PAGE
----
(LifeSiteNews) — The top medical officer for Ontario said young adults aged 18 to 24 should prefer Pfizer’s vaccine over the Moderna jab after increased reports of myocarditis and pericarditis.
“As we continue to push for our vaccination rates to increase, we’ve made the decision to issue a ‘preferential recommendation’ for the use of the Pfizer vaccine for individuals aged 18 to 24 years of age,” Kieran Moore, the chief medical officer of health of Ontario, said during a Wednesday briefing.
Moore said officials made the decision out of an “abundance of caution” after noticing a “very small … increase of pericarditis or myocarditis following vaccination with Moderna as compared to the Pfizer vaccine.” The problem is particularly prevalent in young male adults.
While Moore said that most cases of heart inflammation are easily treatable and mild, Canada and the U.S. have both seen the devastating effects of the jabs, particularly on young people.
Public Health Ontario released a report covering jab data from December 2020 to August 7, 2021, and concluded the “highest reporting rate of myocarditis/pericarditis was observed in males aged 18-24 years following second dose.”
People aged 12 to 24 years old make up only 20 percent of inoculations in Canada but account for “anywhere from 52% to 78% of all the myocarditis and pericarditis cases that have been linked to the injections,” LifeSiteNews wrote in its September 7 analysis of the report.
While Public Health Ontario’s report also sought to downplay the severity of the myocarditis and pericarditis cases, a Canadian medical professor has criticized the idea that there are mild cases of heart inflammation.
“Contrary to what a number of people have said, there is no such thing as ‘mild myocarditis,’” Dr. Steven Pelech said in an interview with the Western Standard. Pelech founded a pharmaceutical company and is a faculty member in the University of British Columbia’s medical school.
Myocarditis increases the probability of a heart attack later in life, Pelech explained.
“It’s the destruction of the myocytes, the heart cells that contract. When those cells die, they are not replaced in your body and are instead replaced by scar-tissue, which is from fibroblasts — skin cells which don’t have contractile activity, so the remaining muscle cells have to get a little bigger in order to compensate,” he said in the interview. “Every time you get an inflammatory response, you lose more of that contractility and have a greater chance of heart attack and other problems later in life.”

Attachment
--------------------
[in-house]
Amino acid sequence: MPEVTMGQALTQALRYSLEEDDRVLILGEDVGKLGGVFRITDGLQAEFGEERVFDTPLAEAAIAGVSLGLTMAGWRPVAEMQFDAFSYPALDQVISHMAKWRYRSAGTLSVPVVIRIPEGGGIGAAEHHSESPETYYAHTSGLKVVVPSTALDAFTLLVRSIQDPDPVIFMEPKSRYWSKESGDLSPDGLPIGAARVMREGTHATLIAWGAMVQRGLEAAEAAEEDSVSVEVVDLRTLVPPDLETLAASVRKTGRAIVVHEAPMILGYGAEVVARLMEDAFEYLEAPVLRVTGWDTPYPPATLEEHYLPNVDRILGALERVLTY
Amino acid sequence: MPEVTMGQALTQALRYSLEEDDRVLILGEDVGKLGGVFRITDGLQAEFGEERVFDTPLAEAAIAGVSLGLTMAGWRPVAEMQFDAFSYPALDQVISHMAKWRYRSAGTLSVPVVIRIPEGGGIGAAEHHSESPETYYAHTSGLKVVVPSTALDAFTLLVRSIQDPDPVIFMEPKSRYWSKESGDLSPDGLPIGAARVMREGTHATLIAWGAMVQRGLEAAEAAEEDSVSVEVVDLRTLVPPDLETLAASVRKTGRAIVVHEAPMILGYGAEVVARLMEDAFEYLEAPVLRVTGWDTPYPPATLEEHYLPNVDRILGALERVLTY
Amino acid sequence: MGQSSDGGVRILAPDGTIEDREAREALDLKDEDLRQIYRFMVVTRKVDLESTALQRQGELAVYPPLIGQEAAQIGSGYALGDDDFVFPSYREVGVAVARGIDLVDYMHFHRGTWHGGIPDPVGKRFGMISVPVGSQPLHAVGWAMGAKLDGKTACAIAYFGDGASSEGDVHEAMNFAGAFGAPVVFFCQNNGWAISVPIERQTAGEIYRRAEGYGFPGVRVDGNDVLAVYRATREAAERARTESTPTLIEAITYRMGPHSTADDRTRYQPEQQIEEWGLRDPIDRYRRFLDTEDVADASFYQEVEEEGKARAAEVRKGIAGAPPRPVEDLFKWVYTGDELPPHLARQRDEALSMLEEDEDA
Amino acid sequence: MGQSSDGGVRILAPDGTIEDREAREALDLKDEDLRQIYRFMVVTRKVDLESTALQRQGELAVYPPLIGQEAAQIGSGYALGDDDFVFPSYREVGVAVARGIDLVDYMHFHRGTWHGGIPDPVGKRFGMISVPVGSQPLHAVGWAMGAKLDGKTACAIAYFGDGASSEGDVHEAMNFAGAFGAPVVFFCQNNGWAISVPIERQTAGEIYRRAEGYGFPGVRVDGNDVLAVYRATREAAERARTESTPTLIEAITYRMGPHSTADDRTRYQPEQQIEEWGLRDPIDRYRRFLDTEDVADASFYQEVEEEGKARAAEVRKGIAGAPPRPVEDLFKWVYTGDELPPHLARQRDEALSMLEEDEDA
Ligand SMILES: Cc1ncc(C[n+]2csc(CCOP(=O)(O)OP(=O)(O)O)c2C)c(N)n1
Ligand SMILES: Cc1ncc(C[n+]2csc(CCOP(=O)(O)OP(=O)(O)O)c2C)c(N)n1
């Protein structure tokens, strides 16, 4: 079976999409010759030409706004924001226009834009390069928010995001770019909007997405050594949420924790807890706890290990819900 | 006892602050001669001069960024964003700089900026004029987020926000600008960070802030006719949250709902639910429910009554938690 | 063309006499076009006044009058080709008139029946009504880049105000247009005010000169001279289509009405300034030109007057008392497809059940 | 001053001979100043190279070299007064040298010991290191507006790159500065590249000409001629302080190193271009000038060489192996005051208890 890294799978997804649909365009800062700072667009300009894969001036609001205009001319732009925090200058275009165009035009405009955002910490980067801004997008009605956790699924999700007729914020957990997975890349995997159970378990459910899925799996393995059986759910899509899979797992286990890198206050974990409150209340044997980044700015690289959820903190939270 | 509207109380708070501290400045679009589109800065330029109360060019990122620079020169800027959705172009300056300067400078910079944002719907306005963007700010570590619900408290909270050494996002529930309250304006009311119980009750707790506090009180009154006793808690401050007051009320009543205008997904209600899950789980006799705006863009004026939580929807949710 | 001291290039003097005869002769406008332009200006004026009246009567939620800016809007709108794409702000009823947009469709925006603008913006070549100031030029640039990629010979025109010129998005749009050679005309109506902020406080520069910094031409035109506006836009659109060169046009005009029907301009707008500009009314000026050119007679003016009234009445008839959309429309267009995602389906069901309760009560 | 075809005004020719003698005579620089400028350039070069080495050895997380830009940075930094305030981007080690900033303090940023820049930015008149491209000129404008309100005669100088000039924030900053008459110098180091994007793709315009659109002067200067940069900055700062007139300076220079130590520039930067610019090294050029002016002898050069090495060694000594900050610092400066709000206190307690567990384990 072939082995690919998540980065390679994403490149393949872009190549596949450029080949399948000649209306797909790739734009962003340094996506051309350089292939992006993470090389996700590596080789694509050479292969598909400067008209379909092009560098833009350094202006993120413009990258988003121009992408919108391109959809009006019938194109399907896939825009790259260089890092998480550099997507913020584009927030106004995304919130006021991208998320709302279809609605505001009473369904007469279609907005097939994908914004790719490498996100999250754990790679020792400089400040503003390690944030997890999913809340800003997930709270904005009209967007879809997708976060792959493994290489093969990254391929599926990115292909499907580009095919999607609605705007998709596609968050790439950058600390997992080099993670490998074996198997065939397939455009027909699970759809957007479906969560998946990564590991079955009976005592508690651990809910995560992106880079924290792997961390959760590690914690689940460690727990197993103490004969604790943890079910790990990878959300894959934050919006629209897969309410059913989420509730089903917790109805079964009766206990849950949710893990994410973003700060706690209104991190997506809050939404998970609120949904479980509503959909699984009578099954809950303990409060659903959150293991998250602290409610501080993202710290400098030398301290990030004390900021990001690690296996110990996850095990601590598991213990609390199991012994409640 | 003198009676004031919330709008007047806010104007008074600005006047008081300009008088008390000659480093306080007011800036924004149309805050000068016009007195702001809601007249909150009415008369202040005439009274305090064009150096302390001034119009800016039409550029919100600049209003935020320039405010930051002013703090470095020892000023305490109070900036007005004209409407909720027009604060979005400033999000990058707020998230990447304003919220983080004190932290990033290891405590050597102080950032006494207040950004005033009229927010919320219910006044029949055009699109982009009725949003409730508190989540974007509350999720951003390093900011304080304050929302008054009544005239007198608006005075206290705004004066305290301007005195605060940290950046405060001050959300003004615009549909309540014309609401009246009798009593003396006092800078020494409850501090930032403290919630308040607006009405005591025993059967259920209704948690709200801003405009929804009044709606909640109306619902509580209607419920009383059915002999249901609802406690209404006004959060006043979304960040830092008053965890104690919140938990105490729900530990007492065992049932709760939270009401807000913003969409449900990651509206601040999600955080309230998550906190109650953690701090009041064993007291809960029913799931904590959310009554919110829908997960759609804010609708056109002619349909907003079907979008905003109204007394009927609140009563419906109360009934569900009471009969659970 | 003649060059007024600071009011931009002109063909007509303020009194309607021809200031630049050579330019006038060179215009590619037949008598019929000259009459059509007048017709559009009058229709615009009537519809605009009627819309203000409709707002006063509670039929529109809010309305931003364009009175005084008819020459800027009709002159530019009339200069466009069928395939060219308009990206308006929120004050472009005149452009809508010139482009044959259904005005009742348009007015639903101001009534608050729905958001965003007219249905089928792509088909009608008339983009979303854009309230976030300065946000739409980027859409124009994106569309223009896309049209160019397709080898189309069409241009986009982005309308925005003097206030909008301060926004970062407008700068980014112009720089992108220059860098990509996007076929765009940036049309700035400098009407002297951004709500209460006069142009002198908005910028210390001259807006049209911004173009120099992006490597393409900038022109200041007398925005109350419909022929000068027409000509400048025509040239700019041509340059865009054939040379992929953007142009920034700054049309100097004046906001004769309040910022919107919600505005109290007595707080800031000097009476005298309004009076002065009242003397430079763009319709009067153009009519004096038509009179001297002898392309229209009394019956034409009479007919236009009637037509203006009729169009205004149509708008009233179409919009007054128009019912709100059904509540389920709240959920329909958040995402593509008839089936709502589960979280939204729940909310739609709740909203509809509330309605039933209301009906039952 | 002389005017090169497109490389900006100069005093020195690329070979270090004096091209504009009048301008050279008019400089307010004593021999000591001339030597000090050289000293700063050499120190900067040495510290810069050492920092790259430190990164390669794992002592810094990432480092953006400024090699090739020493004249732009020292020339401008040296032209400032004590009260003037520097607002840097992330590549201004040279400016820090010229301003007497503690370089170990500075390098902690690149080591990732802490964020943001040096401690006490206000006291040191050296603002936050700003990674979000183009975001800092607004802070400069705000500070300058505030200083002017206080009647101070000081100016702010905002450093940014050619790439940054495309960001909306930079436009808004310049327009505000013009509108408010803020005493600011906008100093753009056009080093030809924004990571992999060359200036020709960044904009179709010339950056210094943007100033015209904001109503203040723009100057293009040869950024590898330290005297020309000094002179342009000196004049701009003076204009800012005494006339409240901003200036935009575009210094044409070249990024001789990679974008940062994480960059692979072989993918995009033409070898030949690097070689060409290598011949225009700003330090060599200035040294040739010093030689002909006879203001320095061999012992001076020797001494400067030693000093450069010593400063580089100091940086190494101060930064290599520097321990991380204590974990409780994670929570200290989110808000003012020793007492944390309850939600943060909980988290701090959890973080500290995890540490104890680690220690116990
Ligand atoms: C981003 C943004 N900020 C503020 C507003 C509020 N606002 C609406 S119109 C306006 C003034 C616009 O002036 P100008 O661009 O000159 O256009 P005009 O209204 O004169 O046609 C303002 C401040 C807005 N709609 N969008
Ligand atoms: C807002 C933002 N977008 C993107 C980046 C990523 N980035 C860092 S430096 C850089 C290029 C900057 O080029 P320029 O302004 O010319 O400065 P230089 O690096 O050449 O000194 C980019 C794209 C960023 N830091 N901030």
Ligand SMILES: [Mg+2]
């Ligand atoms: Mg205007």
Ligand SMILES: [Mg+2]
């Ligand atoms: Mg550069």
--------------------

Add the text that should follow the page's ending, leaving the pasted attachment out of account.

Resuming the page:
U.S. medical officials have also taken notice of the harms of myocarditis, with a federal vaccine advisor warning that males under the age of 40 are at a greater risk of hospitalization from the jab than from COVID.
Dr. Doran Fink, the Food and Drug Administration’s deputy director in its vaccine office, made the recommendation during a September 17 FDA meeting.
There is some risk “at all age groups,” Fink said, but under 40 years of age, the risk of hospitalization is higher from the jab than from contracting COVID.
The committee chair quickly cut Fink off after he made that point and said it would “ask Pfizer for comment” later on during the discussion.
Blood clotting issues led the drug safety agency to temporarily pause the use of the Johnson and Johnson jabs in April 2021, after women experienced a reaction.
The risks association with the J&J jab, compared to adverse reactions to COVID, convinced a blood specialist from the University of California San Francisco to declare “game over” with regard to its use in women ages 18–50.
“Covid is modifiable risk, but the [thrombosis] is non-modifiable once shot given,” Dr. Vinay Prasad explained in April.